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In this issue of JAMA Psychiatry, Redlich et al1 assess the predictive potential of baseline (before electroconvulsive therapy [ECT]) structural neuroimaging with a set of machine-learning–based approaches. In the pre-ECT evaluation and consent process, the ECT health care professional must balance the anticipated benefits and risks for an individual patient. Ideally, the ECT health care professional would be able to accurately determine a patient’s likelihood of response based on demographics, symptom severity, phenomenology, and treatment history. A number of indices were created as early as 1950 based on clinical variables that included melancholia, family history, symptom severity, age, sex, and the presence of psychosis and personality disorders. Unfortunately, a recent meta-analysis of factors associated with ECT2 has shown that these clinical factors are imperfect. Only longer duration of symptoms and antidepressant treatment resistance are reliably associated with ECT nonresponse.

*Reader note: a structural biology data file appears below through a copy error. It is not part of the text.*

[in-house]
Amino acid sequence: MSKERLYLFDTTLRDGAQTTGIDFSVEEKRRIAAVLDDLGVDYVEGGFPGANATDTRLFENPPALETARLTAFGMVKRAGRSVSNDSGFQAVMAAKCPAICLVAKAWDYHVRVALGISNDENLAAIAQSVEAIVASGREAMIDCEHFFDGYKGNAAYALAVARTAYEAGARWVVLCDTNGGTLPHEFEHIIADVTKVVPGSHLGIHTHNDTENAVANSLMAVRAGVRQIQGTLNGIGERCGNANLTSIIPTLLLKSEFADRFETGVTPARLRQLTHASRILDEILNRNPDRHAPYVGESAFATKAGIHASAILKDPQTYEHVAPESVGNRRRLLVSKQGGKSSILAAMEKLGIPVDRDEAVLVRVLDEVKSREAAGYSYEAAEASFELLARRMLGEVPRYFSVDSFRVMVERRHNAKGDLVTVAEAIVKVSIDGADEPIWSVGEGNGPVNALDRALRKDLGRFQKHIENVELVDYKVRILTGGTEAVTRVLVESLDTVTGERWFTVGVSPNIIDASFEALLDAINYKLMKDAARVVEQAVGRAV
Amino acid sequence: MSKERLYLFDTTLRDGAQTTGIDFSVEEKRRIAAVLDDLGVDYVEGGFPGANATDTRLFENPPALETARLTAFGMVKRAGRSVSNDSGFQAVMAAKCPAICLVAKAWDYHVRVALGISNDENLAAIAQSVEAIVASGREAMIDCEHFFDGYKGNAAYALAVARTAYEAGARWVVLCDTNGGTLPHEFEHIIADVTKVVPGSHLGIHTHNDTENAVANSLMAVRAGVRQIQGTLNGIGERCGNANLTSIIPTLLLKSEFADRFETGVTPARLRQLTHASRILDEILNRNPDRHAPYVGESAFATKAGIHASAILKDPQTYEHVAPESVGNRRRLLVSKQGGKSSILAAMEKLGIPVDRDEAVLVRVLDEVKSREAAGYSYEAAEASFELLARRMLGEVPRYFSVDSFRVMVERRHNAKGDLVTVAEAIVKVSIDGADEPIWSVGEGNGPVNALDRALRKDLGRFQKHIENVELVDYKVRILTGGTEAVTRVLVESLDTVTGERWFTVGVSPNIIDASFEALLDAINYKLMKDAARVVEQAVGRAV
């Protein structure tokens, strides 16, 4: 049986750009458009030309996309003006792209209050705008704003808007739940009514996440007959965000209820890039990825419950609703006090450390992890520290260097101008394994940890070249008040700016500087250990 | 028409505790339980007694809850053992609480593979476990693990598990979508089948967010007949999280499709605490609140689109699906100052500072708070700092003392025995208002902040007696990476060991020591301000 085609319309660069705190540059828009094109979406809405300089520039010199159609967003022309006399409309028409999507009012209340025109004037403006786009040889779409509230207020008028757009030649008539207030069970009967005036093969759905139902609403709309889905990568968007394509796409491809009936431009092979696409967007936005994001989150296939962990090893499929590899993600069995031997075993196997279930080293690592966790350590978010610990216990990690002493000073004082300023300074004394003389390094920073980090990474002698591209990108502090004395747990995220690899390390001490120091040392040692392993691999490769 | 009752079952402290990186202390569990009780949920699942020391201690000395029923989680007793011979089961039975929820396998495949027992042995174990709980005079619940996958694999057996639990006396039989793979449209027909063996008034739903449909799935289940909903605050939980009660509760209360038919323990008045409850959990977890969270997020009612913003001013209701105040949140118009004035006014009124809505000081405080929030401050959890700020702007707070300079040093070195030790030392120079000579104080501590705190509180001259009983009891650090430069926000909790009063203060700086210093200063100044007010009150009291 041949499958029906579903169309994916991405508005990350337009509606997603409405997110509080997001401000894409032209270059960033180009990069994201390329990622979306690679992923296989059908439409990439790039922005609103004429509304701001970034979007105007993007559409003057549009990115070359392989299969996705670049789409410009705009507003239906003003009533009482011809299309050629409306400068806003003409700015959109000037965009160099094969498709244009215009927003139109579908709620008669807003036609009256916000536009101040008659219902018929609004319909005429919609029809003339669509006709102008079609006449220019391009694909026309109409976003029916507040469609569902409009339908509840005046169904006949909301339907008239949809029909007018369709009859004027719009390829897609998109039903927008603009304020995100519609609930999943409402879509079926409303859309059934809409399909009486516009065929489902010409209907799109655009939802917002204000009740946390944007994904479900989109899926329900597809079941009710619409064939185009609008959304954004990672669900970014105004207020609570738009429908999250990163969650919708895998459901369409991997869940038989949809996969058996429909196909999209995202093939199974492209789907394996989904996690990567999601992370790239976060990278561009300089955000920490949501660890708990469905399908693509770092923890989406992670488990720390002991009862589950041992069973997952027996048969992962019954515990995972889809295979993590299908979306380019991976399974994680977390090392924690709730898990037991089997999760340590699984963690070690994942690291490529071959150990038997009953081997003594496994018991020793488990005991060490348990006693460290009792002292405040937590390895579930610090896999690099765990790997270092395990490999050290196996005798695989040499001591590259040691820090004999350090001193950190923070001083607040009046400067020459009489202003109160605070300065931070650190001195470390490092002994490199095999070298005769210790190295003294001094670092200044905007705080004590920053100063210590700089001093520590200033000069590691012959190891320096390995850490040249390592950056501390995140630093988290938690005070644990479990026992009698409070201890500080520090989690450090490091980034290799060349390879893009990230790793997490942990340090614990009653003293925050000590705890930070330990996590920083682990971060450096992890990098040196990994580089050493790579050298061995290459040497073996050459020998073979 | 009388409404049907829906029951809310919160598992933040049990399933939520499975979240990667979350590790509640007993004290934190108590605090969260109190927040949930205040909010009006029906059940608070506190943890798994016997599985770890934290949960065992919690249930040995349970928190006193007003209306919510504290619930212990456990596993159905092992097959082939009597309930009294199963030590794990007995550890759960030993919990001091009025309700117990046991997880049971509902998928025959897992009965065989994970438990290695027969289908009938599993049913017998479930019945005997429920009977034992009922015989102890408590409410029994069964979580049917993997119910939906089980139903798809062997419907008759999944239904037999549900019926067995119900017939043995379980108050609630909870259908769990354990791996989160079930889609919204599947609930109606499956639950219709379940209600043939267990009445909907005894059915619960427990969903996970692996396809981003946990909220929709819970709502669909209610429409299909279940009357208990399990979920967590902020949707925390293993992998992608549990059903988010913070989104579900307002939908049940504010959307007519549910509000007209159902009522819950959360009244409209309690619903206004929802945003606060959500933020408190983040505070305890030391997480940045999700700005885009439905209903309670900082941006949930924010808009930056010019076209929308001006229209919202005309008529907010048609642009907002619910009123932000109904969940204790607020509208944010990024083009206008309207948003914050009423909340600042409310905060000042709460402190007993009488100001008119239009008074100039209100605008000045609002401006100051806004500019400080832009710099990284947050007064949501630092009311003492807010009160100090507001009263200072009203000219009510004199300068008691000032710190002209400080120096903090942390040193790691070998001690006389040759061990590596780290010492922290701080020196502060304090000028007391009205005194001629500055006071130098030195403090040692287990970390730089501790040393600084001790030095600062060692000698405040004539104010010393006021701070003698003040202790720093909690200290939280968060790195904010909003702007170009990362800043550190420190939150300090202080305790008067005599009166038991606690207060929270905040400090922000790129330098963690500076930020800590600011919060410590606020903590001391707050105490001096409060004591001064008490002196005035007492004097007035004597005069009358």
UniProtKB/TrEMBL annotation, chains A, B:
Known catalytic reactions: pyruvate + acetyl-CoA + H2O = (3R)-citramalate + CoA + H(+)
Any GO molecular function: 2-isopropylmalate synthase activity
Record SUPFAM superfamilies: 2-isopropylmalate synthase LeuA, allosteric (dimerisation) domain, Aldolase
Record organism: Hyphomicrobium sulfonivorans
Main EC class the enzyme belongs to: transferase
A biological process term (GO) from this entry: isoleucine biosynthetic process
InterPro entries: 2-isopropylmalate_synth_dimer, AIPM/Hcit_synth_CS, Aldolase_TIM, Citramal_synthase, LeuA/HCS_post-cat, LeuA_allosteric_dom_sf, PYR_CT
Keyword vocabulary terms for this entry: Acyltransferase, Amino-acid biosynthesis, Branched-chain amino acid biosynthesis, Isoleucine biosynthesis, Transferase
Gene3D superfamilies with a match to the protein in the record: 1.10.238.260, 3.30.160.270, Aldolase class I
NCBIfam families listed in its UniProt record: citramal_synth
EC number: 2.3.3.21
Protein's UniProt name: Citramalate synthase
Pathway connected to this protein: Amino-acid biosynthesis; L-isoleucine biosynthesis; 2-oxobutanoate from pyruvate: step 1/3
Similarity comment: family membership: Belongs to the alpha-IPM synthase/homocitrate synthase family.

Abbott CC, Loo D, Sui J. Determining Electroconvulsive Therapy Response With Machine Learning. JAMA Psychiatry. 2016;73(6):545–546. doi:10.1001/jamapsychiatry.2016.0348
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